Laugh all you like at her excessively simple party tips—and plenty of us have chuckled at the suggestion that turkeys are perfect for “larger gatherings”—but Pippa Middleton has clearly got the Midas touch.
For new figures published this week show that the supermarket magazine she writes for in England has enjoyed a staggering 17.4 percent rise in circulation in the past six months, a bigger jump than any other publication in the U.K. for the most recent period of sales figures. Pippa’s arrival has transformed Waitrose Kitchen from a dowdy has-been into a dynamic force to be reckoned with that is now the U.K.’s 15th-biggest magazine title with sales of 412,000.
Or, as the creators of the satirical @pippatips Twitter account (which Pippa’s humorless lawyers are trying to shut down) might say: “Putting the sister of Kate Middleton on the cover of your magazine is a fun and easy way to boost your circulation.”
Pippa’s commercial success at Waitrose provides hard evidence that the public obsession with her, which began when she stole the limelight at her sister’s wedding in a butt-hugging bridesmaid’s gown, is in no danger of abating any time soon. More amazing still, however, is that it seems Pippa has been able to pull off the notoriously difficult trick of converting tabloid notoriety into hard cash.
And while her party-planning book Celebrate was widely mocked (“a good book for people who need instructions to make ice,” “a cultural tea bag for the American market”) it was far from the commercial failure some implied. While there was some rather unpleasant rubbing of hands in the reporting of sales, with journalists claiming that they were “as flat as last night’s champers,” based on Amazon rankings, they actually weren’t bad at all. The Amazon book charts are not reflective of longer-term trends, and almost all journalists (except me) ignored the fact that Celebrate reached No. 7 on the New York Times sought-after “hardback advice and miscellaneous” chart.
If being a New York Times bestseller is a fail, then failure’s never looked more appealing. The publishers paid a fairly modest $500,000 for the book and, between serializations and foreign rights, easily turned a profit on the deal, industry sources say.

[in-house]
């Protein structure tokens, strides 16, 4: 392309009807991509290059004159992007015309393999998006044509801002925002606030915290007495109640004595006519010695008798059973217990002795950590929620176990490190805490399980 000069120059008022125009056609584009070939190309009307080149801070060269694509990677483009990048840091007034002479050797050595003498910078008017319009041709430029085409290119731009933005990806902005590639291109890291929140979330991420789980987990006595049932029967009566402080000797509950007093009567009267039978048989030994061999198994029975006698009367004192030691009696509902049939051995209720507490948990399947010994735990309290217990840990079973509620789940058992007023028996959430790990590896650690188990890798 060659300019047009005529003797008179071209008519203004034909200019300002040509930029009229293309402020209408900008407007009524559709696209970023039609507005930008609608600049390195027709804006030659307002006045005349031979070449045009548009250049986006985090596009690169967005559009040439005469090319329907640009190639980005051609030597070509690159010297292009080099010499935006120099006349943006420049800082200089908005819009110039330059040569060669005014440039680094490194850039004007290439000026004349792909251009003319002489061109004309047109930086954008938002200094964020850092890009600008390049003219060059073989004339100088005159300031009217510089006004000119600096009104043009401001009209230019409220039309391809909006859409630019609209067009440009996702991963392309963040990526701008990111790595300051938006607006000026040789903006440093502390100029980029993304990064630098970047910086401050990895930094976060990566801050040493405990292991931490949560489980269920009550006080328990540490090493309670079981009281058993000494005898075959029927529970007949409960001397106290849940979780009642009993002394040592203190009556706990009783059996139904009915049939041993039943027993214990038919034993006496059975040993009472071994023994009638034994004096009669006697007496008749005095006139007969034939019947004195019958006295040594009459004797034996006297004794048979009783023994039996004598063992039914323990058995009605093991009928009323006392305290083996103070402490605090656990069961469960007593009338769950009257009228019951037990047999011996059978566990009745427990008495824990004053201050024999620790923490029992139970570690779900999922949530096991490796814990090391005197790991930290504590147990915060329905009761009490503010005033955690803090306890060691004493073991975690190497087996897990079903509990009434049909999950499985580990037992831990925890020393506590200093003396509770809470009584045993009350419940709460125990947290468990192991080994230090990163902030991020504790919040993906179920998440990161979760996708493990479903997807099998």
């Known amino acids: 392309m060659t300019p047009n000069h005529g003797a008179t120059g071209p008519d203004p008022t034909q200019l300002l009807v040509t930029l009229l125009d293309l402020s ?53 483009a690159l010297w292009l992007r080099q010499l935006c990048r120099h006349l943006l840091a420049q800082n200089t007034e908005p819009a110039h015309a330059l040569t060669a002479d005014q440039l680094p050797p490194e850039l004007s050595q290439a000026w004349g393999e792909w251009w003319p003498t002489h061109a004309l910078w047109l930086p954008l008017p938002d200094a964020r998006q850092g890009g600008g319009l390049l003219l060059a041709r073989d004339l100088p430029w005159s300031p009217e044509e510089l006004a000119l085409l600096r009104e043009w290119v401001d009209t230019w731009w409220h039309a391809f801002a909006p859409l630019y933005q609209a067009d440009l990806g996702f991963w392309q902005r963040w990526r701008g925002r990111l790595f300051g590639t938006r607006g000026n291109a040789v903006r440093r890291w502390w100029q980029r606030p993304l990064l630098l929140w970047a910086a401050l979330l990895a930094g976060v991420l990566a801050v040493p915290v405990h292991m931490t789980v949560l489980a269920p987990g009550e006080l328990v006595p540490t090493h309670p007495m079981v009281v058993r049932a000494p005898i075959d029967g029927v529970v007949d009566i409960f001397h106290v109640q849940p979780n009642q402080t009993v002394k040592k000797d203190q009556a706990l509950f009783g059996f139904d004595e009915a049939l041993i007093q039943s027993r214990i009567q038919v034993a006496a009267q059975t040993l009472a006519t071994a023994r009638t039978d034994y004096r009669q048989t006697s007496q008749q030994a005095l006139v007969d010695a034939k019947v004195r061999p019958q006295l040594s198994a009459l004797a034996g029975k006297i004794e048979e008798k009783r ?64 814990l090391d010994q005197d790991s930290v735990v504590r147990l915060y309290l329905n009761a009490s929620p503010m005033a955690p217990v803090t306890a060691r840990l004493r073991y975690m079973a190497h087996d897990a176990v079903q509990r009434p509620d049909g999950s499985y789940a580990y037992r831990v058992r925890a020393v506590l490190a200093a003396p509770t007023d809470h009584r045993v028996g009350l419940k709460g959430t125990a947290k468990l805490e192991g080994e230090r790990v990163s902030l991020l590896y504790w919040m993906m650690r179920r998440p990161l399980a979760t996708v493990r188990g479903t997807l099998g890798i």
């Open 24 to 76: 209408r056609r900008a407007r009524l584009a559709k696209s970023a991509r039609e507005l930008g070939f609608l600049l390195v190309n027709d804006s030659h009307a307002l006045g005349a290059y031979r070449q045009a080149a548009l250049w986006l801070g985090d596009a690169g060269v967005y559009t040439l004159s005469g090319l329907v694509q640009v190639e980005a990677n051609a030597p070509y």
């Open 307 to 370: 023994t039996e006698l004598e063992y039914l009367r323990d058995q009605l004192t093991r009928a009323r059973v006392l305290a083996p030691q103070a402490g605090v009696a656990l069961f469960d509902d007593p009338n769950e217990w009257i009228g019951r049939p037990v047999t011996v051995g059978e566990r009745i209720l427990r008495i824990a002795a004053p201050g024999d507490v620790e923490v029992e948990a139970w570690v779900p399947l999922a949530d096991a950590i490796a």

What is undoubtedly true is that had the palace not banned Pippa from promoting the book, it could have been a much, much bigger commercial success. Also true is that the team at Pippa’s publisher, Michael Joseph, part of Penguin, found the palace such a nightmare to deal with, as they vetoed publicity event after event, that it passed up the opportunity to work with Pippa on a second book.
Pippa’s success at Waitrose is also likely to be cheered by her American boss, Vanity Fair’s Graydon Carter, as it proves that despite all the naysayers, Pippa still shifts product.
The question that will inevitably be asked, of course, is why are we still interested in her? It can’t still be that butt, can it?
But in a world where people are interested in the Kardashians, why should we be mystified by the fascination with Pippa?
What’s not to be fascinated by?
Here is a pretty young girl whose parents were flight attendants but whose sister will one day be queen. That’s a pretty good starting point for fascination, whichever you slice it.
Another element of the story that is so intriguing about Pippa is that while we know, or at least think we know, how the narrative of Kate will play out, Pippa’s future is still uncharted territory. Will she settle down to a life of quiet obscurity and shooting parties and marry an aristocrat like the establishment hopes? Or will she move to New York, tell the palace to sod off, become a star, and open the world's best-connected party-planning business?
Pippa gets a rough ride in the U.K. press. Part of the treatment is down to the lingering unease over William’s controversial decision not to marry an aristocrat, which gets indirectly vented on Pippa by proxy, but it's also her refusal to play the game—she has never given a single interview, and that has annoyed the press.
But what the Waitrose sales figures show is that Pippa is that magic commercial thing; critic-proof.
The papers can slam her all they like, but for now, at least, the public still wants to hear what she has to say, even if that is only how to make crispy duck pancakes or what to wear at Wimbledon, and it is the much-mocked Pippa—and her employers—who is having the last laugh.